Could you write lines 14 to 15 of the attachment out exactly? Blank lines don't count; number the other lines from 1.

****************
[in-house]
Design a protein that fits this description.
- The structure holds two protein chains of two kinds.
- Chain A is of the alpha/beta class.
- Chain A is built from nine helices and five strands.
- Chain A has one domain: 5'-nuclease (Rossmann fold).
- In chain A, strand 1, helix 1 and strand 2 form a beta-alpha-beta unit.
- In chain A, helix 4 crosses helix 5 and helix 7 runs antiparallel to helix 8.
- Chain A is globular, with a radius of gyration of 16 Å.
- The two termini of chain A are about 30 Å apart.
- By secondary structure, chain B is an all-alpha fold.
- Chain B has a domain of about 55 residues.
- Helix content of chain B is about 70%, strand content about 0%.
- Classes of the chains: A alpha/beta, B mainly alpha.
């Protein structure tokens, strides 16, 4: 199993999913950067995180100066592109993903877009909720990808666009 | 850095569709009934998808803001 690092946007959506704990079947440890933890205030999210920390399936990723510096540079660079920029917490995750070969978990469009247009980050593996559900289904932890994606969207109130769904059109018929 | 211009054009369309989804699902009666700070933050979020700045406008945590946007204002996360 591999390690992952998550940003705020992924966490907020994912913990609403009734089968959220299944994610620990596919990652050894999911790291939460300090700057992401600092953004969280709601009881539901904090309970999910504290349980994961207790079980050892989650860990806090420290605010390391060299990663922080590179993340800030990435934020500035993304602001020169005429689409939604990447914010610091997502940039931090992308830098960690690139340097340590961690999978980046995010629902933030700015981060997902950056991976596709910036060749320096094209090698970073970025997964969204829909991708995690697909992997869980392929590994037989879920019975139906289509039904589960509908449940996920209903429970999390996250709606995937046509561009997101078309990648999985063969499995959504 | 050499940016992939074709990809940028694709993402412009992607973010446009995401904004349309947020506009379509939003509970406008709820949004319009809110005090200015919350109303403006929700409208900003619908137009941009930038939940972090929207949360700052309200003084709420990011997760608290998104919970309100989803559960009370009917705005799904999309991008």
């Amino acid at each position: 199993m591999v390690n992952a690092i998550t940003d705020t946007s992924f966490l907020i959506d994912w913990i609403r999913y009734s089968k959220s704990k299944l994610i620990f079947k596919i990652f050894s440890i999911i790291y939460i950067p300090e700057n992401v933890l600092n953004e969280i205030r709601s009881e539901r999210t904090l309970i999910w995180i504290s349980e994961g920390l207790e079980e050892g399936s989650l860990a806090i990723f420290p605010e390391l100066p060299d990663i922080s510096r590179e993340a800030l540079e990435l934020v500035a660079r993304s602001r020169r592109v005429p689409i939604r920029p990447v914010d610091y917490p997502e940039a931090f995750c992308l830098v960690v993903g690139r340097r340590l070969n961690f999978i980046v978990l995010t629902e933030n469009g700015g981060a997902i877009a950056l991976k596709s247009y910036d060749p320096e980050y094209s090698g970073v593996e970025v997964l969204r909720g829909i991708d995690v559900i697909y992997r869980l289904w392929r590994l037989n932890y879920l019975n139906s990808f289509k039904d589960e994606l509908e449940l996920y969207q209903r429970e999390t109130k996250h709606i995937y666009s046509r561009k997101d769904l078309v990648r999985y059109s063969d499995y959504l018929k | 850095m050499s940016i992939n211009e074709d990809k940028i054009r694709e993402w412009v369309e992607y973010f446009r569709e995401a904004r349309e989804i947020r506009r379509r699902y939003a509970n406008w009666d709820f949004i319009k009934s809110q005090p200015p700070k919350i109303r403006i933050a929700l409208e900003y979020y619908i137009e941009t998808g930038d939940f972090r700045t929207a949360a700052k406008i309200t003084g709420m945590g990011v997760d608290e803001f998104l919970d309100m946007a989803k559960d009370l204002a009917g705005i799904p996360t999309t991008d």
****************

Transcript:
- Classes of the chains: A alpha/beta, B mainly alpha.
């Protein structure tokens, strides 16, 4: 199993999913950067995180100066592109993903877009909720990808666009 | 850095569709009934998808803001 690092946007959506704990079947440890933890205030999210920390399936990723510096540079660079920029917490995750070969978990469009247009980050593996559900289904932890994606969207109130769904059109018929 | 211009054009369309989804699902009666700070933050979020700045406008945590946007204002996360 591999390690992952998550940003705020992924966490907020994912913990609403009734089968959220299944994610620990596919990652050894999911790291939460300090700057992401600092953004969280709601009881539901904090309970999910504290349980994961207790079980050892989650860990806090420290605010390391060299990663922080590179993340800030990435934020500035993304602001020169005429689409939604990447914010610091997502940039931090992308830098960690690139340097340590961690999978980046995010629902933030700015981060997902950056991976596709910036060749320096094209090698970073970025997964969204829909991708995690697909992997869980392929590994037989879920019975139906289509039904589960509908449940996920209903429970999390996250709606995937046509561009997101078309990648999985063969499995959504 | 050499940016992939074709990809940028694709993402412009992607973010446009995401904004349309947020506009379509939003509970406008709820949004319009809110005090200015919350109303403006929700409208900003619908137009941009930038939940972090929207949360700052309200003084709420990011997760608290998104919970309100989803559960009370009917705005799904999309991008």